The glowing screens of video display terminals (VDTs) have replaced typewriters in many offices, and now efforts to regulate their use because of health concerns may become just as commonplace. About 25 states are expected to consider VDT bills this year, touching off major political fights.

Some recent studies have linked VDTs with headaches, vision problems, and muscular and skeletal disorders, all from the strain of being tethered to a screen for long periods of time. Critics also charge that the terminals may have a role in causing cataracts, birth defects, and reproductive problems. About 12 million people work on VDTs, but there are no federal regulations to govern their use.

The bills would require employers to supply movable screens and detachable keyboards, adjustable chairs and tables, and glare- and noise-reducing devices. Some of the proposed legislation would require companies to reassign pregnant workers and pay for eye examinations and eyeglasses. The typical fine for violations: $1,000 a day.

"If these standards are mandated, many small businesspeople will be forced out of business," says Mark Davidson, state director for the Ohio chapter of the National Federation of Independent Business. For example, some companies might be unable to supply alternative work for pregnant employees. "If you've got a small company with five employees and two can't work on VDTs, the law would say you still have to employ them," says Vico Henriques, president of the Computer and Business Equipment Manufacturers Association.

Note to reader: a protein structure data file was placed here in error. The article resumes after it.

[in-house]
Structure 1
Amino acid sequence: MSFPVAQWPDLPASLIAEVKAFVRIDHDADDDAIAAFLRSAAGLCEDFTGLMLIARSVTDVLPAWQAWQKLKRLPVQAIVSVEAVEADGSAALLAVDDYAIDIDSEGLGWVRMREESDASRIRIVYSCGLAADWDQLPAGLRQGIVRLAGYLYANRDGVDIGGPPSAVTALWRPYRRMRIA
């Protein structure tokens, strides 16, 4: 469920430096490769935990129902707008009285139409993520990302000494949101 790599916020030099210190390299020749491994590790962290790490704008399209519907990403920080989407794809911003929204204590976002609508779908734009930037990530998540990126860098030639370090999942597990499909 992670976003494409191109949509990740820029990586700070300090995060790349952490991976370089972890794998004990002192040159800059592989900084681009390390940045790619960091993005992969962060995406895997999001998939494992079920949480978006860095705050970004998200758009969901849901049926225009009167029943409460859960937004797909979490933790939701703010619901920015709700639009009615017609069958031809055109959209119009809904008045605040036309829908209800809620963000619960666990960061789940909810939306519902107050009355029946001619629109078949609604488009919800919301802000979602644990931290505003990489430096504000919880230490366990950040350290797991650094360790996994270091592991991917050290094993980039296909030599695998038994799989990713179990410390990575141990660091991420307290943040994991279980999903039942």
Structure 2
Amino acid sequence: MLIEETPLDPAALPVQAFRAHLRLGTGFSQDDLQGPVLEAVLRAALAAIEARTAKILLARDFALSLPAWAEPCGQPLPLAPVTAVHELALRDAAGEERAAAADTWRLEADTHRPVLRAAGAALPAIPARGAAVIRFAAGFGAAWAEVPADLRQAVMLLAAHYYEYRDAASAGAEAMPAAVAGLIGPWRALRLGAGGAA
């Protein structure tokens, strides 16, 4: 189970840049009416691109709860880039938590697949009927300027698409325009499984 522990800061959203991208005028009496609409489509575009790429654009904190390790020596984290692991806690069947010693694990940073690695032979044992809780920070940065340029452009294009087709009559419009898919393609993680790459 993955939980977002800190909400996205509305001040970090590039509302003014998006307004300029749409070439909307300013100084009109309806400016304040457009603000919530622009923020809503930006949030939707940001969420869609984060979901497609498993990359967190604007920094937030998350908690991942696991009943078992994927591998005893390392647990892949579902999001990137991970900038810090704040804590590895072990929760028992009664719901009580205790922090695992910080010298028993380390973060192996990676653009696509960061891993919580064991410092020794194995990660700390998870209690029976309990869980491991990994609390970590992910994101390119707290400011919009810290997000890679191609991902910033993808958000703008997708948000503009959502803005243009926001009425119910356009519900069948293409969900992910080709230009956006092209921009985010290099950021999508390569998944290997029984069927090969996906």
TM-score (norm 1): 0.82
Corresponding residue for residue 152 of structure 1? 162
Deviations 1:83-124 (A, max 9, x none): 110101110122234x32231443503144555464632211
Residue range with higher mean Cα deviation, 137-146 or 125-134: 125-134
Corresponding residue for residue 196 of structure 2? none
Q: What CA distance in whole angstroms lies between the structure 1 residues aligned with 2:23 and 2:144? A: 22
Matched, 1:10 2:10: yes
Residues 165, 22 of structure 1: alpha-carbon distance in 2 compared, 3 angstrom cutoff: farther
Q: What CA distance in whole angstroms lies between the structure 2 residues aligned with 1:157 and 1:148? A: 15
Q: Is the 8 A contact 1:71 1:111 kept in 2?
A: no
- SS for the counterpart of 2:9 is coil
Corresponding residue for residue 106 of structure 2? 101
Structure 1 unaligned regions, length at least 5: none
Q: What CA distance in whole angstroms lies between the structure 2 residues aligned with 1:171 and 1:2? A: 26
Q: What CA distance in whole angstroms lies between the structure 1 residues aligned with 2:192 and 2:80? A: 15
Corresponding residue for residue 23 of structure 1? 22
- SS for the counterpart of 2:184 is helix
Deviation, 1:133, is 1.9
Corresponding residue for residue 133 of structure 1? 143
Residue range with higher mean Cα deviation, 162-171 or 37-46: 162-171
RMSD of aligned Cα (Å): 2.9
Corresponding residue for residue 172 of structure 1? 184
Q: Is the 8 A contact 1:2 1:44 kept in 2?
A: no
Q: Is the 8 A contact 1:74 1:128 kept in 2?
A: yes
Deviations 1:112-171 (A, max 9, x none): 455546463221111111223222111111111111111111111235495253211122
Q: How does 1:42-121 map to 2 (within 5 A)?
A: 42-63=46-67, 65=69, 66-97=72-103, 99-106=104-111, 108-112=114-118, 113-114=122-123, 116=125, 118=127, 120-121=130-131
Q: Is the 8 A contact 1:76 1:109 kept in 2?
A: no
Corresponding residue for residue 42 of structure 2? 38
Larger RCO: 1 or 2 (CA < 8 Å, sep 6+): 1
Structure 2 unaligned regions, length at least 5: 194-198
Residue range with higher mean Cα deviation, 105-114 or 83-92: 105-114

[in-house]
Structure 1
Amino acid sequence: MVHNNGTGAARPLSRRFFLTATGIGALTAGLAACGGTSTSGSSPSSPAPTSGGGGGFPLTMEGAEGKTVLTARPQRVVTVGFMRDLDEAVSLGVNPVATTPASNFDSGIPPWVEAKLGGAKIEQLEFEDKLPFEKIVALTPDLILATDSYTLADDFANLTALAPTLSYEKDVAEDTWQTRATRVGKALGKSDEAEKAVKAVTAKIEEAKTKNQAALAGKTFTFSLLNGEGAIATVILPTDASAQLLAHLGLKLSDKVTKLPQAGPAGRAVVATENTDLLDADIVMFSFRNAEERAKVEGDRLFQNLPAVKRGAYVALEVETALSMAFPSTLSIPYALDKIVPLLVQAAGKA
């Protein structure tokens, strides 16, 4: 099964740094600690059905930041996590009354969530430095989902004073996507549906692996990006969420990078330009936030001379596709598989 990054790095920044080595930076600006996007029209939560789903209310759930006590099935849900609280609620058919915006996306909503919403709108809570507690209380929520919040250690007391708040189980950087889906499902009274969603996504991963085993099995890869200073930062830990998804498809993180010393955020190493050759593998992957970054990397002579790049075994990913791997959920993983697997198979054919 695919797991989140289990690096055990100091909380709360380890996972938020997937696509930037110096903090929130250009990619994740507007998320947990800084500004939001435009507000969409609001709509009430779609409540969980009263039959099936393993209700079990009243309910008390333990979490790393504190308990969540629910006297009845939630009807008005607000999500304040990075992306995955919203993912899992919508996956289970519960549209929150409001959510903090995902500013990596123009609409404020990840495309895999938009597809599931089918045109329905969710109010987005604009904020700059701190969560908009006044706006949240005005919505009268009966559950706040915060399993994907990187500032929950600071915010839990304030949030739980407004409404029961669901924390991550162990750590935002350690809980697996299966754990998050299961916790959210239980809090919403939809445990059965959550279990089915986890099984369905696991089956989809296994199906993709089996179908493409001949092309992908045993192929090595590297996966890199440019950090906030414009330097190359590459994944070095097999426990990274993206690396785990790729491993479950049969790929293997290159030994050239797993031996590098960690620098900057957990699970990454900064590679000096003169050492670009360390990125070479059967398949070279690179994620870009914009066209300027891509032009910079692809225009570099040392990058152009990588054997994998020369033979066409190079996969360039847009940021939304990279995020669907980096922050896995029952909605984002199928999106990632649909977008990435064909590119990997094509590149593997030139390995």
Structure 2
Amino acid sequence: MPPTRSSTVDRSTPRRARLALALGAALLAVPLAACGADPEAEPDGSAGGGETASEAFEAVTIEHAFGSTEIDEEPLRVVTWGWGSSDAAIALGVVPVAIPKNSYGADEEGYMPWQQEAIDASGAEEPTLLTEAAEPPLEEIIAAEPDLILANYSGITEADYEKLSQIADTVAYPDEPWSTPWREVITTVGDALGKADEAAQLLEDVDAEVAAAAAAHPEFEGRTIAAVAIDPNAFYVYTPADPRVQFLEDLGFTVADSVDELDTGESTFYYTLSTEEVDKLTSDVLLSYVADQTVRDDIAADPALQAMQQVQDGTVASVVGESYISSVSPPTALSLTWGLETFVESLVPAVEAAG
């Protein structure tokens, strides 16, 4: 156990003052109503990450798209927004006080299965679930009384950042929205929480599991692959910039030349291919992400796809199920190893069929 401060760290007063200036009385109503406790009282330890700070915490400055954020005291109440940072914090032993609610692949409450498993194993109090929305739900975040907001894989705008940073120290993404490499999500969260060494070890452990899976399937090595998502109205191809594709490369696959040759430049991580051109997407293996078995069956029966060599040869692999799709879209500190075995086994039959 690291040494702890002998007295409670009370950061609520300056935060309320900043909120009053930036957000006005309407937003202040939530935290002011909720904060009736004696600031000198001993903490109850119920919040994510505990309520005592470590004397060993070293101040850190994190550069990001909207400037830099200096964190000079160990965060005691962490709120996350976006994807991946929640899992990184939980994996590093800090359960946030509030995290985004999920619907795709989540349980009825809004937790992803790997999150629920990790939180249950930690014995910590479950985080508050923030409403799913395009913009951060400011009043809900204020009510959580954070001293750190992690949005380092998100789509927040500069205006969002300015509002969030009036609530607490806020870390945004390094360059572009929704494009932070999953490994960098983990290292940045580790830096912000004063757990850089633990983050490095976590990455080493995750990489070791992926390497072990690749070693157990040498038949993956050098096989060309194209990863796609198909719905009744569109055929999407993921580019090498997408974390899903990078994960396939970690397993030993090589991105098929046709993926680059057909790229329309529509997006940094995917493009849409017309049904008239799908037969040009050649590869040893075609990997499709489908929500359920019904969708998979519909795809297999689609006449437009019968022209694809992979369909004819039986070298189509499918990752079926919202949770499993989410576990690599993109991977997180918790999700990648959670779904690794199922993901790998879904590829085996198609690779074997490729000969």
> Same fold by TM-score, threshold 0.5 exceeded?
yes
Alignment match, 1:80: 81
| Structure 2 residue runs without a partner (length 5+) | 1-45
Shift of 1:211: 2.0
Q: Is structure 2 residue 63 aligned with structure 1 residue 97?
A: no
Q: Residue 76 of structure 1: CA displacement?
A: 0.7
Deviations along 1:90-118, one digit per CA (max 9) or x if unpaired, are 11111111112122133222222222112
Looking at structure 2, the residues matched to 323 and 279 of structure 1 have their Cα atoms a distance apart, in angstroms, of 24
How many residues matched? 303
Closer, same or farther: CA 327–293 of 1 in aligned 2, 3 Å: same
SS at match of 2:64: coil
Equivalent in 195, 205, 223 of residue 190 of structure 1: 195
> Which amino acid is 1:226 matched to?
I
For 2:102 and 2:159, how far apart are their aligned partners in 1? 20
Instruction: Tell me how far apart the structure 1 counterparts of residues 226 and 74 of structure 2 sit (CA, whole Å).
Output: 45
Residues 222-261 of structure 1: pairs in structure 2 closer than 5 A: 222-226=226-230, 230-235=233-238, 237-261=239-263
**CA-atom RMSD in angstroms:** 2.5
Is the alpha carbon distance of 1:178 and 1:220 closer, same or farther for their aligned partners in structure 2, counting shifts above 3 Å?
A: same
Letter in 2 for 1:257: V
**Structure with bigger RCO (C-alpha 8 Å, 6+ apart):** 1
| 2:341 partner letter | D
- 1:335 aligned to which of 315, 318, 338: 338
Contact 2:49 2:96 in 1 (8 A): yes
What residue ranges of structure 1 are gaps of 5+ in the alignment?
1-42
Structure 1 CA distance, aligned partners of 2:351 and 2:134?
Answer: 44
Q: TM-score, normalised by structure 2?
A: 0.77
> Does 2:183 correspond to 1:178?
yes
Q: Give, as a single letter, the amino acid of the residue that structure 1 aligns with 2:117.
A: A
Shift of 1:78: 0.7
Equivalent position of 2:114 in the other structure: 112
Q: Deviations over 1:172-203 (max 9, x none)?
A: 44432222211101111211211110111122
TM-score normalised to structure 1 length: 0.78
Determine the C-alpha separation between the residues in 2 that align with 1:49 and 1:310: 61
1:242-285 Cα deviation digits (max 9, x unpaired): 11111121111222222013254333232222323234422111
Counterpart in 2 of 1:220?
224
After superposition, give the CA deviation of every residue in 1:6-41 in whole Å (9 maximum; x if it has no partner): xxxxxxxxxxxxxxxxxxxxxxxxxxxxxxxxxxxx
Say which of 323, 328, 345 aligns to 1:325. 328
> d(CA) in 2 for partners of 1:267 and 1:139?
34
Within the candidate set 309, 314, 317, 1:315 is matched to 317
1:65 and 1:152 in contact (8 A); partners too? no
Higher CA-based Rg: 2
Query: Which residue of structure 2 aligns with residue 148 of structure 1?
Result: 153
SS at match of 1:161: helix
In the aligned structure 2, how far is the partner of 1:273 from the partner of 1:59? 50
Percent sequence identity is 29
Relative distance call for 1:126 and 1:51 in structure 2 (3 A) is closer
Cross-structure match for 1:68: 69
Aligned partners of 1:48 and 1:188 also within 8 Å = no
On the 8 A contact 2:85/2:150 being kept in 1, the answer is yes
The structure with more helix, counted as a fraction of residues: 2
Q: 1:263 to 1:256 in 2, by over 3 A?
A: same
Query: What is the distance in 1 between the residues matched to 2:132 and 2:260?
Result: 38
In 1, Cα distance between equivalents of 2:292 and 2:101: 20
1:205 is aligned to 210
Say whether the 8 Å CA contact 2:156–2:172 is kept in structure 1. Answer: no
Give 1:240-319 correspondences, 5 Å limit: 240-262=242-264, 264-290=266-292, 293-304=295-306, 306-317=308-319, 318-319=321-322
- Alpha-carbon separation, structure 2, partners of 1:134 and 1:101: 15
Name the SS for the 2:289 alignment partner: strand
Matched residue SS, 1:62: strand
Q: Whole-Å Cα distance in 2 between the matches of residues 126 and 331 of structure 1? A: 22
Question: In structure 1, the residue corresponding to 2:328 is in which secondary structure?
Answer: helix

But supporters of the bill say that protecting employee health should be an overriding concern. "Providing free eye exams could be expensive, but people who work with headaches are often less productive," says Elaine Taber, program director of 9 to 5, The National Association of Working Women."It is irresponsible to expose people to these dangers."